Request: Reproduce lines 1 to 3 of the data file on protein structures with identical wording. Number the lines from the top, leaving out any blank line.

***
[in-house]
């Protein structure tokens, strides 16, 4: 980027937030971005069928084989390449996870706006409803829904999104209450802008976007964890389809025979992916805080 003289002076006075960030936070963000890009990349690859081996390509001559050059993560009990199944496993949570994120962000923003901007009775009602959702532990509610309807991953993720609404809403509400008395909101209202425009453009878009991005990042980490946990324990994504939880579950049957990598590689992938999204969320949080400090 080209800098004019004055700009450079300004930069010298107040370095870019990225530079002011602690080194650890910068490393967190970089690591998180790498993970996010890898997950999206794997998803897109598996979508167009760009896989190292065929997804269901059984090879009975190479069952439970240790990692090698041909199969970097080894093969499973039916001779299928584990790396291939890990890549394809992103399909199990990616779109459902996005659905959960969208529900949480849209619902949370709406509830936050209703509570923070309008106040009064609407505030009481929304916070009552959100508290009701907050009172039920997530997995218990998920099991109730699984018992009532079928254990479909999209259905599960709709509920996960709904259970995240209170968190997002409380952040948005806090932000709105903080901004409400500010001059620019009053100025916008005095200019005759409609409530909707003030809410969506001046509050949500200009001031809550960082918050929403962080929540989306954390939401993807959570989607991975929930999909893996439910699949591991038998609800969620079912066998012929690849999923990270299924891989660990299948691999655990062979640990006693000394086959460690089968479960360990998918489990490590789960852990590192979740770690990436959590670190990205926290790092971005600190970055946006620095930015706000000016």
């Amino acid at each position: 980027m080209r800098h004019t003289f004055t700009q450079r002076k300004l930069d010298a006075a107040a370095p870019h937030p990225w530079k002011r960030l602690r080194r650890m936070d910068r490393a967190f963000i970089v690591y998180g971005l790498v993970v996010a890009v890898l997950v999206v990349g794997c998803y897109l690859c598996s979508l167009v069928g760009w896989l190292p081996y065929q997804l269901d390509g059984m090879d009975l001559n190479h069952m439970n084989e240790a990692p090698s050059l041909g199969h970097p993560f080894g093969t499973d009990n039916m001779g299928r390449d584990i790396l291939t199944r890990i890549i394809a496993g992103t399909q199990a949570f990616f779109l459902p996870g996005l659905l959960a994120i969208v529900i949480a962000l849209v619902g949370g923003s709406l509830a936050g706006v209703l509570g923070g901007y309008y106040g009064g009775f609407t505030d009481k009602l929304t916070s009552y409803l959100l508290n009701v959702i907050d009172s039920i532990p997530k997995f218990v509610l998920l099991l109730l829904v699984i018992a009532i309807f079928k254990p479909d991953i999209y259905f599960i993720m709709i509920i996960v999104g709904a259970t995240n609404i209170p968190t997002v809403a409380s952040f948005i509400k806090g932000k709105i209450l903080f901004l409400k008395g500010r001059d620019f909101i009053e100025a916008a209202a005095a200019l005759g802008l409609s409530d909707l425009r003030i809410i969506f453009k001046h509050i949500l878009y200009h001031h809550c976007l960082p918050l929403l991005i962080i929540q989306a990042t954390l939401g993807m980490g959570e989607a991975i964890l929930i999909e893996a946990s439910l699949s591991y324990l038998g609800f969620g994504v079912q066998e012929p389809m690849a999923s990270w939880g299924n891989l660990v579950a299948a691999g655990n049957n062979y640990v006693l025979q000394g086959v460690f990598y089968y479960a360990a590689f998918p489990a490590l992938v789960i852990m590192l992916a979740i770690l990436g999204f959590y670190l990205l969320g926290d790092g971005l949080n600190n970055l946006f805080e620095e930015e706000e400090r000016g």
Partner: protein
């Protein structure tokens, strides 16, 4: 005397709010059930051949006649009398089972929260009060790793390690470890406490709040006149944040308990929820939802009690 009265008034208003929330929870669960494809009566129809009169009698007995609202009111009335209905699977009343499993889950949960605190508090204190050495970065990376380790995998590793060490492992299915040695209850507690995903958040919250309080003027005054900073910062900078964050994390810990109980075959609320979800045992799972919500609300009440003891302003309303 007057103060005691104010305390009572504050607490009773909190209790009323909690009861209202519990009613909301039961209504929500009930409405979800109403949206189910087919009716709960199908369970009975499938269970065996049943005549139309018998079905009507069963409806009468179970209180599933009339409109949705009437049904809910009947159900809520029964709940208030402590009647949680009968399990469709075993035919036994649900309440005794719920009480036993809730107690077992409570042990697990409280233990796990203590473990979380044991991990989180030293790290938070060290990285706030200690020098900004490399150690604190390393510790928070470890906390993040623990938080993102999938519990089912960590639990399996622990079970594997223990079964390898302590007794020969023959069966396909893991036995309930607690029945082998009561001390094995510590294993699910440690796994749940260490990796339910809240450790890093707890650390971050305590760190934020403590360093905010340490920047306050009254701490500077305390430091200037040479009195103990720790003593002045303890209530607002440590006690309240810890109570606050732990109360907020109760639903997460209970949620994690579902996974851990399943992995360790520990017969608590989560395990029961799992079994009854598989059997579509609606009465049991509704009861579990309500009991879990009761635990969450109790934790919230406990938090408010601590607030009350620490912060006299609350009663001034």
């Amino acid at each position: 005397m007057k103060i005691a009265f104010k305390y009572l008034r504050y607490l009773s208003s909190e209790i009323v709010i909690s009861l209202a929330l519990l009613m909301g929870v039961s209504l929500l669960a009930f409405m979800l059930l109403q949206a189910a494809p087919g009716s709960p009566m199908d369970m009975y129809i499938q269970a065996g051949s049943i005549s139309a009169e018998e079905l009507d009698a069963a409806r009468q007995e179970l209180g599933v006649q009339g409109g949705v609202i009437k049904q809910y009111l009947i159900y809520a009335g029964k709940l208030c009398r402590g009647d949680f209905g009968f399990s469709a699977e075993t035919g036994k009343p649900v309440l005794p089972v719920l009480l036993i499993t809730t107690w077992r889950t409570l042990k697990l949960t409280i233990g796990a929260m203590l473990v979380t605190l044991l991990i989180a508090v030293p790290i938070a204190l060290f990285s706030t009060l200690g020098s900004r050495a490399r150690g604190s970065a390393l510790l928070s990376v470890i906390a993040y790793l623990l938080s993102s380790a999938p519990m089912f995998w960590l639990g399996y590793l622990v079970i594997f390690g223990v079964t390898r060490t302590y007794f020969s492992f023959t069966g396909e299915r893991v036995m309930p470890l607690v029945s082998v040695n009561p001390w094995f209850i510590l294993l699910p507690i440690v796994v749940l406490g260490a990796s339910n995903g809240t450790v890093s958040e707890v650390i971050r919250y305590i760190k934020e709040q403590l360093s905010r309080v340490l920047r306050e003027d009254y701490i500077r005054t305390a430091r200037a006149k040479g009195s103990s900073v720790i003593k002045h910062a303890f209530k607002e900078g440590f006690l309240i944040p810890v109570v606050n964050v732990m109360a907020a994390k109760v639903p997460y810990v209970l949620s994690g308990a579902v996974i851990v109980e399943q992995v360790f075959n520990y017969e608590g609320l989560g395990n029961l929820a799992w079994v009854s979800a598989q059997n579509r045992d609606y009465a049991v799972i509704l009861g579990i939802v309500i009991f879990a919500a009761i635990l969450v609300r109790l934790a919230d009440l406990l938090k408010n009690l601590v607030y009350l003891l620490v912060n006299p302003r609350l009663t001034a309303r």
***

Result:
[in-house]
């Protein structure tokens, strides 16, 4: 980027937030971005069928084989390449996870706006409803829904999104209450802008976007964890389809025979992916805080 003289002076006075960030936070963000890009990349690859081996390509001559050059993560009990199944496993949570994120962000923003901007009775009602959702532990509610309807991953993720609404809403509400008395909101209202425009453009878009991005990042980490946990324990994504939880579950049957990598590689992938999204969320949080400090 080209800098004019004055700009450079300004930069010298107040370095870019990225530079002011602690080194650890910068490393967190970089690591998180790498993970996010890898997950999206794997998803897109598996979508167009760009896989190292065929997804269901059984090879009975190479069952439970240790990692090698041909199969970097080894093969499973039916001779299928584990790396291939890990890549394809992103399909199990990616779109459902996005659905959960969208529900949480849209619902949370709406509830936050209703509570923070309008106040009064609407505030009481929304916070009552959100508290009701907050009172039920997530997995218990998920099991109730699984018992009532079928254990479909999209259905599960709709509920996960709904259970995240209170968190997002409380952040948005806090932000709105903080901004409400500010001059620019009053100025916008005095200019005759409609409530909707003030809410969506001046509050949500200009001031809550960082918050929403962080929540989306954390939401993807959570989607991975929930999909893996439910699949591991038998609800969620079912066998012929690849999923990270299924891989660990299948691999655990062979640990006693000394086959460690089968479960360990998918489990490590789960852990590192979740770690990436959590670190990205926290790092971005600190970055946006620095930015706000000016």
């Amino acid at each position: 980027m080209r800098h004019t003289f004055t700009q450079r002076k300004l930069d010298a006075a107040a370095p870019h937030p990225w530079k002011r960030l602690r080194r650890m936070d910068r490393a967190f963000i970089v690591y998180g971005l790498v993970v996010a890009v890898l997950v999206v990349g794997c998803y897109l690859c598996s979508l167009v069928g760009w896989l190292p081996y065929q997804l269901d390509g059984m090879d009975l001559n190479h069952m439970n084989e240790a990692p090698s050059l041909g199969h970097p993560f080894g093969t499973d009990n039916m001779g299928r390449d584990i790396l291939t199944r890990i890549i394809a496993g992103t399909q199990a949570f990616f779109l459902p996870g996005l659905l959960a994120i969208v529900i949480a962000l849209v619902g949370g923003s709406l509830a936050g706006v209703l509570g923070g901007y309008y106040g009064g009775f609407t505030d009481k009602l929304t916070s009552y409803l959100l508290n009701v959702i907050d009172s039920i532990p997530k997995f218990v509610l998920l099991l109730l829904v699984i018992a009532i309807f079928k254990p479909d991953i999209y259905f599960i993720m709709i509920i996960v999104g709904a259970t995240n609404i209170p968190t997002v809403a409380s952040f948005i509400k806090g932000k709105i209450l903080f901004l409400k008395g500010r001059d620019f909101i009053e100025a916008a209202a005095a200019l005759g802008l409609s409530d909707l425009r003030i809410i969506f453009k001046h509050i949500l878009y200009h001031h809550c976007l960082p918050l929403l991005i962080i929540q989306a990042t954390l939401g993807m980490g959570e989607a991975i964890l929930i999909e893996a946990s439910l699949s591991y324990l038998g609800f969620g994504v079912q066998e012929p389809m690849a999923s990270w939880g299924n891989l660990v579950a299948a691999g655990n049957n062979y640990v006693l025979q000394g086959v460690f990598y089968y479960a360990a590689f998918p489990a490590l992938v789960i852990m590192l992916a979740i770690l990436g999204f959590y670190l990205l969320g926290d790092g971005l949080n600190n970055l946006f805080e620095e930015e706000e400090r000016g």